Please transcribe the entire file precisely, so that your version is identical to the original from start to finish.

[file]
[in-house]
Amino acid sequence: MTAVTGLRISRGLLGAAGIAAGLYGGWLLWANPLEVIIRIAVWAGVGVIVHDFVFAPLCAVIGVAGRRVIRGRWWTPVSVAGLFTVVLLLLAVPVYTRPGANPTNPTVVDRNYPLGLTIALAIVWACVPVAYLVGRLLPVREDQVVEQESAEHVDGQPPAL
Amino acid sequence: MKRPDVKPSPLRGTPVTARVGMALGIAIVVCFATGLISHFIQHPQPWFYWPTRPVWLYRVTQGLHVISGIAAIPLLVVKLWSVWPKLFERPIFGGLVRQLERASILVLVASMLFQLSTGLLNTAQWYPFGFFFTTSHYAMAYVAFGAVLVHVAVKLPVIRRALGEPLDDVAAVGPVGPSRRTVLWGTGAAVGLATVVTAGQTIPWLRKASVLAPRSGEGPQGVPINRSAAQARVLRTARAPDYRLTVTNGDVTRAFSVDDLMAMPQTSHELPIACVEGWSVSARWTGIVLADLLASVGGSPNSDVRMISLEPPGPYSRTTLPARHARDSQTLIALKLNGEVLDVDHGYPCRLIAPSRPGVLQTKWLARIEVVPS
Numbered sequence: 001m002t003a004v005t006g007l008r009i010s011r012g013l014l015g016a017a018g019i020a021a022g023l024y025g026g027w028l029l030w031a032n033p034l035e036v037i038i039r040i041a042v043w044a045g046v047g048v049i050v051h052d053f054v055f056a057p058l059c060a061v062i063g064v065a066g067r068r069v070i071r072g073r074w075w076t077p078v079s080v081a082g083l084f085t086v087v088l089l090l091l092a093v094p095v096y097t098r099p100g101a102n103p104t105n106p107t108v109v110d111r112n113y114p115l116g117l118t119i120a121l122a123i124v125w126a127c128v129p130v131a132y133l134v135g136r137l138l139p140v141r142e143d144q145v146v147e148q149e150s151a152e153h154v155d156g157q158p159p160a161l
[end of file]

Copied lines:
[in-house]
Amino acid sequence: MTAVTGLRISRGLLGAAGIAAGLYGGWLLWANPLEVIIRIAVWAGVGVIVHDFVFAPLCAVIGVAGRRVIRGRWWTPVSVAGLFTVVLLLLAVPVYTRPGANPTNPTVVDRNYPLGLTIALAIVWACVPVAYLVGRLLPVREDQVVEQESAEHVDGQPPAL
Amino acid sequence: MKRPDVKPSPLRGTPVTARVGMALGIAIVVCFATGLISHFIQHPQPWFYWPTRPVWLYRVTQGLHVISGIAAIPLLVVKLWSVWPKLFERPIFGGLVRQLERASILVLVASMLFQLSTGLLNTAQWYPFGFFFTTSHYAMAYVAFGAVLVHVAVKLPVIRRALGEPLDDVAAVGPVGPSRRTVLWGTGAAVGLATVVTAGQTIPWLRKASVLAPRSGEGPQGVPINRSAAQARVLRTARAPDYRLTVTNGDVTRAFSVDDLMAMPQTSHELPIACVEGWSVSARWTGIVLADLLASVGGSPNSDVRMISLEPPGPYSRTTLPARHARDSQTLIALKLNGEVLDVDHGYPCRLIAPSRPGVLQTKWLARIEVVPS
Numbered sequence: 001m002t003a004v005t006g007l008r009i010s011r012g013l014l015g016a017a018g019i020a021a022g023l024y025g026g027w028l029l030w031a032n033p034l035e036v037i038i039r040i041a042v043w044a045g046v047g048v049i050v051h052d053f054v055f056a057p058l059c060a061v062i063g064v065a066g067r068r069v070i071r072g073r074w075w076t077p078v079s080v081a082g083l084f085t086v087v088l089l090l091l092a093v094p095v096y097t098r099p100g101a102n103p104t105n106p107t108v109v110d111r112n113y114p115l116g117l118t119i120a121l122a123i124v125w126a127c128v129p130v131a132y133l134v135g136r137l138l139p140v141r142e143d144q145v146v147e148q149e150s151a152e153h154v155d156g157q158p159p160a161l